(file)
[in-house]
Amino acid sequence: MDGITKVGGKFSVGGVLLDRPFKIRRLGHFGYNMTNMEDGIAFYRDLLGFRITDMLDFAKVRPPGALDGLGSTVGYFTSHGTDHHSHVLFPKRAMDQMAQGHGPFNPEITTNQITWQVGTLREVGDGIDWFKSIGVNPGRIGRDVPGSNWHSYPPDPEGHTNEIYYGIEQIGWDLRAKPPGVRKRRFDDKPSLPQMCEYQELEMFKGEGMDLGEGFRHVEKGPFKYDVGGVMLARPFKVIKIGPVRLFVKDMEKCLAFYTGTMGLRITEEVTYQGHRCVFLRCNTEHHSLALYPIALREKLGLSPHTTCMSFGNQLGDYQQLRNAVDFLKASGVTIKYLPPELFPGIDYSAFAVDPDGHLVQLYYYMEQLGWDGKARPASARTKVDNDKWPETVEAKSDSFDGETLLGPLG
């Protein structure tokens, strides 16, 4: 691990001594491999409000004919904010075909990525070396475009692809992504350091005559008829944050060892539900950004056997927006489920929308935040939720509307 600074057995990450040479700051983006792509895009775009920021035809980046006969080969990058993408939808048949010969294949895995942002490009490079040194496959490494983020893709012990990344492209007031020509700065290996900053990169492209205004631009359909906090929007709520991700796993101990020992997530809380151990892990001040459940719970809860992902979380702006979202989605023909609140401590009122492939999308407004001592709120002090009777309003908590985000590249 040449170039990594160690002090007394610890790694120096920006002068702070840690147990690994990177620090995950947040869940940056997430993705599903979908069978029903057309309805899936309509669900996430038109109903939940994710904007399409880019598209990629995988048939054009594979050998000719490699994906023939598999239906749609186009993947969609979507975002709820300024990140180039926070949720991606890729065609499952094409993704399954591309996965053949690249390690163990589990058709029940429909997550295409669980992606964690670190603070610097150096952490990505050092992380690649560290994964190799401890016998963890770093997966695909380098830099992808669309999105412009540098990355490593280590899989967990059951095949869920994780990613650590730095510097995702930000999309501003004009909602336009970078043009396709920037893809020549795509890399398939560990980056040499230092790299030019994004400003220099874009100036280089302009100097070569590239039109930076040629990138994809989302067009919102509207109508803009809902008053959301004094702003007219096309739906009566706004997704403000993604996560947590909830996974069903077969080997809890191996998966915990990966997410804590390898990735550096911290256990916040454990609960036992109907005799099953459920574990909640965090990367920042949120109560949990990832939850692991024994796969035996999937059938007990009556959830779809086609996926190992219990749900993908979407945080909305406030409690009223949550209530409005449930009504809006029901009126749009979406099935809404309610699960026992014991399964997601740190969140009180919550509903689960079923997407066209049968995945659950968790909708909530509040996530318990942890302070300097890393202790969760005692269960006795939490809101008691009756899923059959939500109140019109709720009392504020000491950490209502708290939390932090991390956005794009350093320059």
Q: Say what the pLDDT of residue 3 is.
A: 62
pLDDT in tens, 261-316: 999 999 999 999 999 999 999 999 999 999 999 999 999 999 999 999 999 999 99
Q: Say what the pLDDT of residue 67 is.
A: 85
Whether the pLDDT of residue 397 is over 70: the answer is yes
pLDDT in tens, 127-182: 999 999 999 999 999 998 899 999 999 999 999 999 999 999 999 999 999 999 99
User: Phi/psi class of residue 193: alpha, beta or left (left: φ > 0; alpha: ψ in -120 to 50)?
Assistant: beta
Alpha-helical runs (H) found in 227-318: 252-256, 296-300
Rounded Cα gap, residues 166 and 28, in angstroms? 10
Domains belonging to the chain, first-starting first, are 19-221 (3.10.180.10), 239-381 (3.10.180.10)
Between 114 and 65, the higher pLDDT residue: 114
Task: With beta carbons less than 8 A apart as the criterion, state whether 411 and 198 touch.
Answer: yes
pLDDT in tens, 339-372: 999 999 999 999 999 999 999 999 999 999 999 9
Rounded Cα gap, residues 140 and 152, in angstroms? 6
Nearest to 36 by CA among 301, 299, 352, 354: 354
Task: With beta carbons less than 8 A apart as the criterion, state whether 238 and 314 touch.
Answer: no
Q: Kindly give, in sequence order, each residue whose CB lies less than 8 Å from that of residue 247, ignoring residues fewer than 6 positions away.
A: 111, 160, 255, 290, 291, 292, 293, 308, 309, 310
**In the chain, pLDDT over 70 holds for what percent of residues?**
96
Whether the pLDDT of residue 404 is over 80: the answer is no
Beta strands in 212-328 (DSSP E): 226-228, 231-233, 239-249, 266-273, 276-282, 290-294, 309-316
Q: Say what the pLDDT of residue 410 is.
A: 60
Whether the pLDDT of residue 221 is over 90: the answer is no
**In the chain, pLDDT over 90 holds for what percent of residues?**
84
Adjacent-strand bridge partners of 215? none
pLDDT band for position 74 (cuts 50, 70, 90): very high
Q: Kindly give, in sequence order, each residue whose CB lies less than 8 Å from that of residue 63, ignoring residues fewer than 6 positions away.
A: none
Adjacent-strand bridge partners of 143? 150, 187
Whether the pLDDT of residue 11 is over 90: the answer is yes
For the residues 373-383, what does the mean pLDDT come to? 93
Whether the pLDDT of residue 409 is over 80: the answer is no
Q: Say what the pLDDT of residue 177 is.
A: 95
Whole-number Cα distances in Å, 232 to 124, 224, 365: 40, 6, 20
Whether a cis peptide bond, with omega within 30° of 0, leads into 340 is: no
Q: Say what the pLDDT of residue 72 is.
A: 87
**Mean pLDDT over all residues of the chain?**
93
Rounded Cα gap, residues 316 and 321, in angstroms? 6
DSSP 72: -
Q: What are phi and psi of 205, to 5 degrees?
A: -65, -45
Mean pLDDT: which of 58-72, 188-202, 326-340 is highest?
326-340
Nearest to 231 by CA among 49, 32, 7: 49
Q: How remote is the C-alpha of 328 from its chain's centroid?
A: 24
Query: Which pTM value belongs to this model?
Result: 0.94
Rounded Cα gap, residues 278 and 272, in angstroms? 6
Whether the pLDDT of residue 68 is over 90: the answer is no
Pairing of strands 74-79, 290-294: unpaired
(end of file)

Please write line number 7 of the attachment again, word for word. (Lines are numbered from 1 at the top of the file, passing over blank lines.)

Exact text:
Q: Say what the pLDDT of residue 67 is.